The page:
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Thursday, 25 February 1932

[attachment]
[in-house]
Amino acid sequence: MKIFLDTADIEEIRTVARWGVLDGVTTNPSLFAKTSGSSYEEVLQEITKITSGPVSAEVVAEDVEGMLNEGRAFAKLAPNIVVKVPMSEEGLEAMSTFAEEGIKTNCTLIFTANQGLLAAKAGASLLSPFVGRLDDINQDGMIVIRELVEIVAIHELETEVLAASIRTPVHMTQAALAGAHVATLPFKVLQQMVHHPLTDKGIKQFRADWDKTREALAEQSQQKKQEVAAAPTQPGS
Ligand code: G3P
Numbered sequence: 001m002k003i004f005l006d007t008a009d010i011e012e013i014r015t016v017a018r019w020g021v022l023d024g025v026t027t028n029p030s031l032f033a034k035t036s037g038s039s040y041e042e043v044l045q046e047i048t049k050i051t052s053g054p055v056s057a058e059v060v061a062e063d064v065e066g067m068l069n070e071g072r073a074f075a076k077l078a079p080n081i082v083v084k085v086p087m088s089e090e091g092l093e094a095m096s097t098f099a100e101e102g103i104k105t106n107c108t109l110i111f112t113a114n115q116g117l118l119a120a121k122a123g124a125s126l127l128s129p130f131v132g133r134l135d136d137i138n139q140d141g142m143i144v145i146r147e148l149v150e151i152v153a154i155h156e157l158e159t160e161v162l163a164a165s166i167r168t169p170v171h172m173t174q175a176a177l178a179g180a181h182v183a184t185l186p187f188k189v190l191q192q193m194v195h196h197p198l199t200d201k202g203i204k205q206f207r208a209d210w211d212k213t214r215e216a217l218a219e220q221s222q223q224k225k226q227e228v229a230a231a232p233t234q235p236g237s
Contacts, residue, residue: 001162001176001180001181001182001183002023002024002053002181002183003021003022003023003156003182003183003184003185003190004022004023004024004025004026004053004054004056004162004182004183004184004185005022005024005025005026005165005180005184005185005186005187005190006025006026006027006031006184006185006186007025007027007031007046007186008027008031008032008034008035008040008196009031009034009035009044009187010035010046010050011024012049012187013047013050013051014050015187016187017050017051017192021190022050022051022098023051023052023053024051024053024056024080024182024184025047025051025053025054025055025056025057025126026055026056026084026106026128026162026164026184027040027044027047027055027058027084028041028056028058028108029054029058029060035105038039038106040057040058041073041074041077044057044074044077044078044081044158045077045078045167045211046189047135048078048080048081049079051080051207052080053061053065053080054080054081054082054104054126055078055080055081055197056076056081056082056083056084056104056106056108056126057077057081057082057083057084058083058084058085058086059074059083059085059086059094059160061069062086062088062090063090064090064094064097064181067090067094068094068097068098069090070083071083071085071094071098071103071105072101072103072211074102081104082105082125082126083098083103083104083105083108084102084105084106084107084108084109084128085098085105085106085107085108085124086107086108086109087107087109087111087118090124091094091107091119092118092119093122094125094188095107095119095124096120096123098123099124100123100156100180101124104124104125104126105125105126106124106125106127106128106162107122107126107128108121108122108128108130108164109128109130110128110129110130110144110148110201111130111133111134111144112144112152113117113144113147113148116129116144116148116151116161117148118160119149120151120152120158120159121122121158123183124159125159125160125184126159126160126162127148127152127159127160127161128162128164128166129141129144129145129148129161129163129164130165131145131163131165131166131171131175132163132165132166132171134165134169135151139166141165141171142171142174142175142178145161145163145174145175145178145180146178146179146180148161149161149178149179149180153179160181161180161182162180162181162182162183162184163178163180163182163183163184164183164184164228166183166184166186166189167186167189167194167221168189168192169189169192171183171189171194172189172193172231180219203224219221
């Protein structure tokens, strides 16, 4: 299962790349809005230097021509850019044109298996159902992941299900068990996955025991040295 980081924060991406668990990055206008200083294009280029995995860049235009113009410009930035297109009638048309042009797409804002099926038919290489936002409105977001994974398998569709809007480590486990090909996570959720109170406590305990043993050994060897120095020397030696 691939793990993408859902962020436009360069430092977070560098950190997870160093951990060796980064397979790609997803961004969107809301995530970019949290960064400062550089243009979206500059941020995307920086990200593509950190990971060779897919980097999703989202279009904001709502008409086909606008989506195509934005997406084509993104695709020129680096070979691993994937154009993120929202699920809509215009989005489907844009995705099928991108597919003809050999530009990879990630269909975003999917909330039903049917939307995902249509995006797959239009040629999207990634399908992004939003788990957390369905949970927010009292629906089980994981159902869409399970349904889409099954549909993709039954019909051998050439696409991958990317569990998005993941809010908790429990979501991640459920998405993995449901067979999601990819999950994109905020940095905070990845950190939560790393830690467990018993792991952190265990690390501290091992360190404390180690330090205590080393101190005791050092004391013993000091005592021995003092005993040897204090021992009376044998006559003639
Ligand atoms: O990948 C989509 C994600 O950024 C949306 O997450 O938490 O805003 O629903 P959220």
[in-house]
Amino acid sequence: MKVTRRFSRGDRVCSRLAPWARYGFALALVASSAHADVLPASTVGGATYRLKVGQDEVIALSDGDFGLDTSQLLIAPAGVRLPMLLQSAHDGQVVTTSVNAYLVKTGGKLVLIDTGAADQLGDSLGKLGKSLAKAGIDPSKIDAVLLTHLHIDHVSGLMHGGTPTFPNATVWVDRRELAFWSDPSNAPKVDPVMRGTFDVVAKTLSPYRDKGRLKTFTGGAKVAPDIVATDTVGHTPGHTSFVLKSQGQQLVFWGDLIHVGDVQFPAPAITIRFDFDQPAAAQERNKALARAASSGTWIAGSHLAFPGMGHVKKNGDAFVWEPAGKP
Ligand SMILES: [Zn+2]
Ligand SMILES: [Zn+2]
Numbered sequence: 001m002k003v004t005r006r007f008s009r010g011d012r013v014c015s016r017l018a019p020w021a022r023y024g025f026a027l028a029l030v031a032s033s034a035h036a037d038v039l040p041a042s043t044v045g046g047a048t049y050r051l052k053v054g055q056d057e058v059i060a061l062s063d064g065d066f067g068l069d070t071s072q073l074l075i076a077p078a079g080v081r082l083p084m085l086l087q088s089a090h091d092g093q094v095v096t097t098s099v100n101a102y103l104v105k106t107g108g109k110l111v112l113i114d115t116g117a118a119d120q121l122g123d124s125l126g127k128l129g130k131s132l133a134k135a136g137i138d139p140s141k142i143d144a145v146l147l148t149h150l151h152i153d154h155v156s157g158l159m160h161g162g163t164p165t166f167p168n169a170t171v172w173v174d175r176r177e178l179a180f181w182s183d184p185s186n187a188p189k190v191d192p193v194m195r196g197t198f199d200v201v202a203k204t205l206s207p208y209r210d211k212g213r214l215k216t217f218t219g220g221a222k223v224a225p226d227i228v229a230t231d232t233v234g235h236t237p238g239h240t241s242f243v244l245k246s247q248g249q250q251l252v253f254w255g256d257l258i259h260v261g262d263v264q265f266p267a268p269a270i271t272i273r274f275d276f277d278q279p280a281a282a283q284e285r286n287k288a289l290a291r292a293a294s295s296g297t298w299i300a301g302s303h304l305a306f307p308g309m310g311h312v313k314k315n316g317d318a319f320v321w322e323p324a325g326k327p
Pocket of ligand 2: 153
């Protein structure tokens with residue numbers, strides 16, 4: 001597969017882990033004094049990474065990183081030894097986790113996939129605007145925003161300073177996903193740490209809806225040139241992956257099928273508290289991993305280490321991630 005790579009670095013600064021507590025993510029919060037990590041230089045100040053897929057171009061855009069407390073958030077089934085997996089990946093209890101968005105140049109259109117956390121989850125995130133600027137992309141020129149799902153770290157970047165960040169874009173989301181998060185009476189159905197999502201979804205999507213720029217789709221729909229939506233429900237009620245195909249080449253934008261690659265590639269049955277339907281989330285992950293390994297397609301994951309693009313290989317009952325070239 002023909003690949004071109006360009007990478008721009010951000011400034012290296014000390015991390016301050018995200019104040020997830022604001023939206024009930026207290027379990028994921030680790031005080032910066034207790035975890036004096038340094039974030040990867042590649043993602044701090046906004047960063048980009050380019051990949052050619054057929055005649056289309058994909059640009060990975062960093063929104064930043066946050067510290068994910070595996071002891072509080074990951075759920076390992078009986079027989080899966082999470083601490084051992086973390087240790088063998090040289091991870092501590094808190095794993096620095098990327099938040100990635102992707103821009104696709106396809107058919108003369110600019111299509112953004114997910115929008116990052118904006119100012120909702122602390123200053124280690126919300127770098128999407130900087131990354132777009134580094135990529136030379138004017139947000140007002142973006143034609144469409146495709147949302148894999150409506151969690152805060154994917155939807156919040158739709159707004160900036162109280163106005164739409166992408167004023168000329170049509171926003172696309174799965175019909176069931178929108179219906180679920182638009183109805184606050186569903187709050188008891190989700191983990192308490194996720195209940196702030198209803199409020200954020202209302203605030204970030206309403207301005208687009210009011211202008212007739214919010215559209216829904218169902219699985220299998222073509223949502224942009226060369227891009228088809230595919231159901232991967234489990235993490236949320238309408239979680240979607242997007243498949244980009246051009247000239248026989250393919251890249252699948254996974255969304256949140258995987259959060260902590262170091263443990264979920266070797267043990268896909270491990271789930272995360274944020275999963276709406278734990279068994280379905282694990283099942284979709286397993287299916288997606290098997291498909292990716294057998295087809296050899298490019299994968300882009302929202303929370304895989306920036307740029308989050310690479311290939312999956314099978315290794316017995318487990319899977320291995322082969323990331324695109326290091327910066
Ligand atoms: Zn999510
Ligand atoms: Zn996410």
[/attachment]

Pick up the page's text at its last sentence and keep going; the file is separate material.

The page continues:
Mr PATERSON (GIPPSLAND, VICTORIA) - No ; the leader of the Lang party. That honorable gentleman to-day spoke of the heavy burden of exchange. Without quoting his exact words, I feel sure that I shall be able correctly to interpret what was in his mind. He said that a tremendous burden had been imposed upon the Commonwealth by the present adverse exchange rate; that, in effect, the Commonwealth was obliged to pay to Great Britain and the United States of America an enormous sum over and above the actual amount of interest due on overseas loans. Let me tell the honorable gentleman that it doesnot take one more bale of wool, one more bag of wheat, one more box ofbutter, or one more carcass of lamb to meet our interest indebtedness overseas, no matter what the exchange rate may be. Our exports go to the Mother Country and we get credit for them in London in English money, which is applied by the Commonwealth to the payment of Australia's interest bill in London or New York. Any premium which the Commonwealth Government has to pay, because of the adverse exchange rate; goes not to Great Britain, or the United States of America, but to the producers of our exported surplus products. It is a premium paid to our primary producers. It does not add one penny to our payments to Great Britain, the United States of America, or any other country to which we owe money. It does, however, cost the Government something. The exchange premium goes into the pockets of those people who, at least, provide the Government with the means to meet its interest bill overseas. I would add that a sudden drop or break in the exchange would be calamitous for Australia, and if it occurred I do not know whether we should be able to carry on; because the exchange rate to-day means something like 8d. per bushel on wheat, about 24d. per lb. on the average price of wool, and about 2½d. to 3d. per lb. on butter. It means the difference between a price which enables the producer to continue his operations at a time of depressed world markets and a price under which he would be unable to carry on at all. I support the bill without reservation; but I hope the Government will give every consideration to the various constructive suggestions that have been made in regard to it.

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